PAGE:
Sure, this is a pretty idealized situation, but why rubbish it without taking a cold hard look at its merits and demerits? The open source approach leads to a scenario where you *have* to perpetually be a lean, mean company/conglomeration of lean man units which are agile enough to change, hard working, and willing to accept a reasonable profit rather than trying to maintain ridiculous margins while blowing most of your profits elsewhere.

    Risk taking really requires a lot of courage.. ..living in the above mode will *force* you to take calculated risks because without them, you’ll have th e wolves at your heels. But at the same time, the risks *will* be calculated simply because the money y ou’re spending simply *cant* be just thrown away. There is a *lot* of pressure to do things right.

    Now the above is *one way* of doing things. I’m not saying its the only way, or the best way, or even a very good way. I’m just saying its a valid way, and its a way that has one rather large benefit – it makes life more competitive for everybody than the current setup.

    So its worth a look-see, and for better or worse, it will form part of our world in the future, just as Microsoft will form part of our world for better and worse.

  18. Now thats a fair reply – I wasn’t really arguing *for* open source so much as saying they have a valid point, just as you do.

    But now your reasoned response deserves another.

    “Here’s the deal: why should I invest money and/or time in making a better pair of clippers or a better lawn-cutting technique if you’re going to give that away for free?”

    Lets make things simpler, lets say I’m the person developing the technique…should I improve it, even though give away the technique for free?

    The answer is Yes! I sell my services, not necessarily my knowhow. And my services can be done more efficiently, with less expenses, or can be extended to different kinds of lawns if I upgrade my technique.

    Capitalism demands growth, and that growth is only possible if I keep improving my service, or extending/expanding it. Thats enough of an incentive for me to put my efforts into research.

    Now the question is, what benefit do I get if somebody uses my freely published research? You don’t get a direct benefit, the way you would if you licensed it out. What you do get is perhaps a better way of doing the job from people out there who also take your research and extend it. You do get competition from other people who work in the same area. But the amount of work you’ve put into the research makes you highly skilled at the job!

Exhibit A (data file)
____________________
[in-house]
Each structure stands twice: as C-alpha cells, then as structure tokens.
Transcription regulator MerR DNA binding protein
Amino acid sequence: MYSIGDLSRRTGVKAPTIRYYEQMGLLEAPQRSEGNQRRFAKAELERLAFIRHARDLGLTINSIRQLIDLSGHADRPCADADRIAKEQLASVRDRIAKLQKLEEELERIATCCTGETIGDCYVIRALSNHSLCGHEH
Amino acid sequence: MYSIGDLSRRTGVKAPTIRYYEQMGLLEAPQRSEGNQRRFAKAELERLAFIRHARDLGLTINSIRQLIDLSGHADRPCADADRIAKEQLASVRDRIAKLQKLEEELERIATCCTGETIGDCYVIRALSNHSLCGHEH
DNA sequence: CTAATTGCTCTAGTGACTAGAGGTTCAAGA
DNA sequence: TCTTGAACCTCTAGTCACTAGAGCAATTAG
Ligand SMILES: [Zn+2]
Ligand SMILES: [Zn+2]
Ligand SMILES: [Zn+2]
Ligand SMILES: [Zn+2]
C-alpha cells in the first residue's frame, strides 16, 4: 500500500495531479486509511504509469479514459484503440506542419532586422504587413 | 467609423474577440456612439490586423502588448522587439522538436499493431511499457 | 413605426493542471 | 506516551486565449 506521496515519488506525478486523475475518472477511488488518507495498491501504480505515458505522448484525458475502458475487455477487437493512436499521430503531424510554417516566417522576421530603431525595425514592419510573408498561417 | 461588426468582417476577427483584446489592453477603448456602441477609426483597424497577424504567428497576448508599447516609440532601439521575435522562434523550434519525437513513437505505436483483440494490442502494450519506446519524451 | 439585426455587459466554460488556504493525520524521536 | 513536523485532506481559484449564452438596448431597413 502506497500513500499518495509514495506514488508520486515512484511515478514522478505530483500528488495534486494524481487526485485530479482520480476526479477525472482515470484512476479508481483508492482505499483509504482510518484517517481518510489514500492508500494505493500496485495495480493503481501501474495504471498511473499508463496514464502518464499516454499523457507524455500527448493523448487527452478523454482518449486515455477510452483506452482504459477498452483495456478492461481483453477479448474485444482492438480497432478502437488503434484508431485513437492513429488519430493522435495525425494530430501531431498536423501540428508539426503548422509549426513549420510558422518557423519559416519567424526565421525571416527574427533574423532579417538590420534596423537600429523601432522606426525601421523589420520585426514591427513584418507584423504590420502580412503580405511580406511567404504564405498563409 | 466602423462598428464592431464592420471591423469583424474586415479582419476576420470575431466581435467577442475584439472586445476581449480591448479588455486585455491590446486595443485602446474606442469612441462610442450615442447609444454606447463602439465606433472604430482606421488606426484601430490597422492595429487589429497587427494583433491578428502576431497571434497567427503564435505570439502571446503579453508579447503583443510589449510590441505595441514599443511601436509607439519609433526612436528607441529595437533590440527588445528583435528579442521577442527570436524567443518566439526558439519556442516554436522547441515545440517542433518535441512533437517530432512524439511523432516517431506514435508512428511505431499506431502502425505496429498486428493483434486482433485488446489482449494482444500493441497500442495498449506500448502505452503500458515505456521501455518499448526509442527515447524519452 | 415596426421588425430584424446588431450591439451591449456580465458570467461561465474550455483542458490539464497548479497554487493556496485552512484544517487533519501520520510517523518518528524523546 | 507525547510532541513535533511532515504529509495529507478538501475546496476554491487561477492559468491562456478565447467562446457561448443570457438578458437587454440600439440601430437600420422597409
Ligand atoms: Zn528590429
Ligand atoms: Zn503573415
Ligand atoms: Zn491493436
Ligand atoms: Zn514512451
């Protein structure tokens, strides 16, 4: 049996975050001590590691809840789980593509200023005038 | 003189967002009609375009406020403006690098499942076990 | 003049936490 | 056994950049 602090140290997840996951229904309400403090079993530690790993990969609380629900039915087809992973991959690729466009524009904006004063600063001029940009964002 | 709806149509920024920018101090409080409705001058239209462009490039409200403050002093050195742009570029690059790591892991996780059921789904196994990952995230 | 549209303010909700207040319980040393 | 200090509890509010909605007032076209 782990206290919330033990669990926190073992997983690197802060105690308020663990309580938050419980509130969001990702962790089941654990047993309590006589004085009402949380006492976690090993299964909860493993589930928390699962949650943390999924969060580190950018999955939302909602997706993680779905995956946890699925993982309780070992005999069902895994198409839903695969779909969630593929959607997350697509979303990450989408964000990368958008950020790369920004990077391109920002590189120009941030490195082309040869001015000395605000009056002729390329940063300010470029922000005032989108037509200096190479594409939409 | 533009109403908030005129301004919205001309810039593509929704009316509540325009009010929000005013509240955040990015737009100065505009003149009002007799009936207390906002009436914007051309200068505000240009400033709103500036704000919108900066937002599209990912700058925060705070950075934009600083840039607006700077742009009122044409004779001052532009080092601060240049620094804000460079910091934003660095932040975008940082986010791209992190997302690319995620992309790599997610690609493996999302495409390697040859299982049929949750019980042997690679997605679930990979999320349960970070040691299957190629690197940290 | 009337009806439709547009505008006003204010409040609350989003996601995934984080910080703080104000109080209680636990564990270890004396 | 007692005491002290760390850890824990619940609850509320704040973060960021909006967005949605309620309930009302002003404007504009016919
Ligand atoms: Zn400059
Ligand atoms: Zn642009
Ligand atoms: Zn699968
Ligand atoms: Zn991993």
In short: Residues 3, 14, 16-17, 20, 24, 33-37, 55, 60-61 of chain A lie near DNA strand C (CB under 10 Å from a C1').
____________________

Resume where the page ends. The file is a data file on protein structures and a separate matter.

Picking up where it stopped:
Sure, this is a pretty idealized situation, but why rubbish it without taking a cold hard look at its merits and demerits? The open source approach leads to a scenario where you *have* to perpetually be a lean, mean company/conglomeration of lean man units which are agile enough to change, hard working, and willing to accept a reasonable profit rather than trying to maintain ridiculous margins while blowing most of your profits elsewhere.

    Risk taking really requires a lot of courage.. ..living in the above mode will *force* you to take calculated risks because without them, you’ll have th e wolves at your heels. But at the same time, the risks *will* be calculated simply because the money y ou’re spending simply *cant* be just thrown away. There is a *lot* of pressure to do things right.

    Now the above is *one way* of doing things. I’m not saying its the only way, or the best way, or even a very good way. I’m just saying its a valid way, and its a way that has one rather large benefit – it makes life more competitive for everybody than the current setup.

    So its worth a look-see, and for better or worse, it will form part of our world in the future, just as Microsoft will form part of our world for better and worse.

  19. Here’s where I don’t follow. You’re the grass cutter, not the guy who made the blade. Your expertise isn’t in making the blade. So, why should the guy who made the blade invest in making a better one if you’re just going to give it away for free? What you’re saying is that the profit is in the grass cutting, not the blade making, so you’re forcing blade makers to also do grass cutting in order to make a living.

    I’m not a grass cutter, I’m a blade maker. So, why, again, are you expecting me to work for free?

  20. Here’s where I don’t follow. You’re the grass cutter, not the guy who made the blade. Your expertise isn’t in making the blade. So, why should the guy who made the blade invest in making a better one if you’re just going to give it away for free? What you’re saying is that the profit is in the grass cutting, not the blade making, so you’re forcing blade makers to also do grass cutting in order to make a living.

    I’m not a grass cutter, I’m a blade maker. So, why, again, are you expecting me to work for free?

  21. “I’m not a grass cutter, I’m a blade maker. So, why, again, are you expecting me to work for free?”